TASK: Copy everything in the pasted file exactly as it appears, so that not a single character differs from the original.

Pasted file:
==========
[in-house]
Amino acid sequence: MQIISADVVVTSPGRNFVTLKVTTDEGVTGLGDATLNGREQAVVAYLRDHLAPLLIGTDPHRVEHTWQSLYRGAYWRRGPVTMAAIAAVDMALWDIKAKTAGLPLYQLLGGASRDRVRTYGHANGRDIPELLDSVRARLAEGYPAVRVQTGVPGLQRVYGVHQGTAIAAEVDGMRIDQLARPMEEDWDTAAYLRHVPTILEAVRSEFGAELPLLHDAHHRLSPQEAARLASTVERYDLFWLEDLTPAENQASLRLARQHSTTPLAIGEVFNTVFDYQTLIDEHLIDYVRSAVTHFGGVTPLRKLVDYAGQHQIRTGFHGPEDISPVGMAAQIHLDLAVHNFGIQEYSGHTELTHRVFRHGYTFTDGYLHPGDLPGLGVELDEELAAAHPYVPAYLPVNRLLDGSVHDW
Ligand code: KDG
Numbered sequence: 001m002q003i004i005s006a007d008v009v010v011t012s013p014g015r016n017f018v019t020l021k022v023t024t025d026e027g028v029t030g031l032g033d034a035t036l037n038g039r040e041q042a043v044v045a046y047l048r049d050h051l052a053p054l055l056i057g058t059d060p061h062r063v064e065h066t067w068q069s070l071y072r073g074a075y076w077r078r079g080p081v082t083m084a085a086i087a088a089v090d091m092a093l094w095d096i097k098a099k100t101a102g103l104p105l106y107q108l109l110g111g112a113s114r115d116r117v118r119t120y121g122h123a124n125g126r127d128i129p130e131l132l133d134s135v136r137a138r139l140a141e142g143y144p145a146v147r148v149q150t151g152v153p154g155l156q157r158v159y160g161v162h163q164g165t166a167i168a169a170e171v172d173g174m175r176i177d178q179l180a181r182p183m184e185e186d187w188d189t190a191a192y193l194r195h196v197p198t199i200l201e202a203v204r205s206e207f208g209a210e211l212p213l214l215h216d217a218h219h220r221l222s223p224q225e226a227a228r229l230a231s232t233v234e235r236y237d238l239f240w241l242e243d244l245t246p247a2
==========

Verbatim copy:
[in-house]
Amino acid sequence: MQIISADVVVTSPGRNFVTLKVTTDEGVTGLGDATLNGREQAVVAYLRDHLAPLLIGTDPHRVEHTWQSLYRGAYWRRGPVTMAAIAAVDMALWDIKAKTAGLPLYQLLGGASRDRVRTYGHANGRDIPELLDSVRARLAEGYPAVRVQTGVPGLQRVYGVHQGTAIAAEVDGMRIDQLARPMEEDWDTAAYLRHVPTILEAVRSEFGAELPLLHDAHHRLSPQEAARLASTVERYDLFWLEDLTPAENQASLRLARQHSTTPLAIGEVFNTVFDYQTLIDEHLIDYVRSAVTHFGGVTPLRKLVDYAGQHQIRTGFHGPEDISPVGMAAQIHLDLAVHNFGIQEYSGHTELTHRVFRHGYTFTDGYLHPGDLPGLGVELDEELAAAHPYVPAYLPVNRLLDGSVHDW
Ligand code: KDG
Numbered sequence: 001m002q003i004i005s006a007d008v009v010v011t012s013p014g015r016n017f018v019t020l021k022v023t024t025d026e027g028v029t030g031l032g033d034a035t036l037n038g039r040e041q042a043v044v045a046y047l048r049d050h051l052a053p054l055l056i057g058t059d060p061h062r063v064e065h066t067w068q069s070l071y072r073g074a075y076w077r078r079g080p081v082t083m084a085a086i087a088a089v090d091m092a093l094w095d096i097k098a099k100t101a102g103l104p105l106y107q108l109l110g111g112a113s114r115d116r117v118r119t120y121g122h123a124n125g126r127d128i129p130e131l132l133d134s135v136r137a138r139l140a141e142g143y144p145a146v147r148v149q150t151g152v153p154g155l156q157r158v159y160g161v162h163q164g165t166a167i168a169a170e171v172d173g174m175r176i177d178q179l180a181r182p183m184e185e186d187w188d189t190a191a192y193l194r195h196v197p198t199i200l201e202a203v204r205s206e207f208g209a210e211l212p213l214l215h216d217a218h219h220r221l222s223p224q225e226a227a228r229l230a231s232t233v234e235r236y237d238l239f240w241l242e243d244l245t246p247a2